Double Tax Threat Emerges
Either of these tax increases could dramatically increase the price of any beer that you purchase.
The Senate Finance Committee in Washington, DC is currently considering a proposal to increase and equalize the excise tax for alcohol beverages as part of healthcare reform deliberations. This proposal would triple the excise tax for 4.5% ABV beer and impose even higher excise tax rates for higher ABV beers.
Meanwhile, here in California the state is considering a “fee” on beer (which would not require a 2/3 vote of approval by the legislature like a “tax” does).
Small brewers represent only 4% of the entire U.S. beer market by volume, with 95% of them being very small businesses (producing 15,000 barrels or less per year). Proposals to increase and equalize the tax among all types of alcohol will tax small brewers at the highest rates because our specialty, gourmet and innovative beers typically have higher alcohol contents. Brewers already pay a disproportionately higher share of taxes compared with other products – federal, state and local taxes represent over 40% of the retail price for beer while the same taxes equal nearly 24% of the price for all other purchases.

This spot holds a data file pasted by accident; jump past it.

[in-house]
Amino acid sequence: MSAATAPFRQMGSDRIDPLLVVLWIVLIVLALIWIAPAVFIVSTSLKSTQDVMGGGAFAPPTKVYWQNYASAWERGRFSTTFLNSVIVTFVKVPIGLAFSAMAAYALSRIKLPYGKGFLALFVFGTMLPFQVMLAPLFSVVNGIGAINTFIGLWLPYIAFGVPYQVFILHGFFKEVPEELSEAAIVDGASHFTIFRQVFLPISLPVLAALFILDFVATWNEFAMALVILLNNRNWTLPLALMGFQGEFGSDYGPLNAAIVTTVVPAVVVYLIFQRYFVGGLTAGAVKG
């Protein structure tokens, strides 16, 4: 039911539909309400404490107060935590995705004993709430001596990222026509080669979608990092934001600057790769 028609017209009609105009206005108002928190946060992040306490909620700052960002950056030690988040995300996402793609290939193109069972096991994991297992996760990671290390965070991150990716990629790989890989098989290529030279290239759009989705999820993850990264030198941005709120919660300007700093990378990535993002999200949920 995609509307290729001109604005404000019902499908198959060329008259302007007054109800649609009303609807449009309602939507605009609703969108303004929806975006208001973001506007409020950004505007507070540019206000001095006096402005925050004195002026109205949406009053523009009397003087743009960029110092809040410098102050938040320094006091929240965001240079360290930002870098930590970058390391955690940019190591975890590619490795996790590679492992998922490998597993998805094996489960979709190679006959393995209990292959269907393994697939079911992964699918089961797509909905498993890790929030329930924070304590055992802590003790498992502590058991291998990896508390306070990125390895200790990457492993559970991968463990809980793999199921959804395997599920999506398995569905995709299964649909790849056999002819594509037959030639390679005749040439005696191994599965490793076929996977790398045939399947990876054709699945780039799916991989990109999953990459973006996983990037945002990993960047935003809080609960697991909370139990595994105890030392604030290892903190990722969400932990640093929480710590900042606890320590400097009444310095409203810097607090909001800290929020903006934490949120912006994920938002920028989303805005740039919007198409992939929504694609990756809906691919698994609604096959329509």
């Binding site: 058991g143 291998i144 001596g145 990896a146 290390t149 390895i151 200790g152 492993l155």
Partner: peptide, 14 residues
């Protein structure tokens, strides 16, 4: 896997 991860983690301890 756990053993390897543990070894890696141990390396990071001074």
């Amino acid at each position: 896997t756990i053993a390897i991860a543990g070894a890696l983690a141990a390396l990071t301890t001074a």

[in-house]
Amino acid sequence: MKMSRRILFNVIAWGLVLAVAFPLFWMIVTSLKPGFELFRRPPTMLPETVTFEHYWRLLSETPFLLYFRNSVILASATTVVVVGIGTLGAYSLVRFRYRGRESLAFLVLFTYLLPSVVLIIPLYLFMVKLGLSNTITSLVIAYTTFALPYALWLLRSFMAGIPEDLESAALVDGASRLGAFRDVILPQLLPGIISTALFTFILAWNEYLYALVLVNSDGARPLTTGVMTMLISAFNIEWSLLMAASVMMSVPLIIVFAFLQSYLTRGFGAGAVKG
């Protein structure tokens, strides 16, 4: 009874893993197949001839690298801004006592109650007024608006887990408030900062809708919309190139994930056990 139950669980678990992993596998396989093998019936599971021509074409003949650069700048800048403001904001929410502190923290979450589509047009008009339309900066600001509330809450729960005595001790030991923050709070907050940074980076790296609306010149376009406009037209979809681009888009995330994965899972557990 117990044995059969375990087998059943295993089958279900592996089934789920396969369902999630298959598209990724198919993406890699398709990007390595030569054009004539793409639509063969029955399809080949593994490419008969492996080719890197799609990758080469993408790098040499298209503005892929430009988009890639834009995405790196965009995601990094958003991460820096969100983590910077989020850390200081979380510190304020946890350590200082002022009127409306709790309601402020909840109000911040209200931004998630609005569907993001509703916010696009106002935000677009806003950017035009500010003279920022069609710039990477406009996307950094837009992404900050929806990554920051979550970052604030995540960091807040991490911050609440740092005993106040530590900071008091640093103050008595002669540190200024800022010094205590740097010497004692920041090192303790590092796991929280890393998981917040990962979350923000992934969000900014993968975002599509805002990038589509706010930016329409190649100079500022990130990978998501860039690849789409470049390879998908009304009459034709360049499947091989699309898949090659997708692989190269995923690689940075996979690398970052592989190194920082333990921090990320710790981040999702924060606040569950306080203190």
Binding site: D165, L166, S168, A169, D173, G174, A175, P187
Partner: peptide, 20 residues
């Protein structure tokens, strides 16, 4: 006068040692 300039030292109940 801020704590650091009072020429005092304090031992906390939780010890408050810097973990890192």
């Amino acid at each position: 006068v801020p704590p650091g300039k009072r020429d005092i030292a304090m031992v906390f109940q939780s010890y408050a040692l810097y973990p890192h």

A $1 per case excise tax increase will typically cost the consumer at least $1.69 due to successive mark-ups as the case moves from brewer to wholesaler to retailer. Many small brewers are struggling to deal with the consequences of the 2008 spike in ingredient and operational costs.
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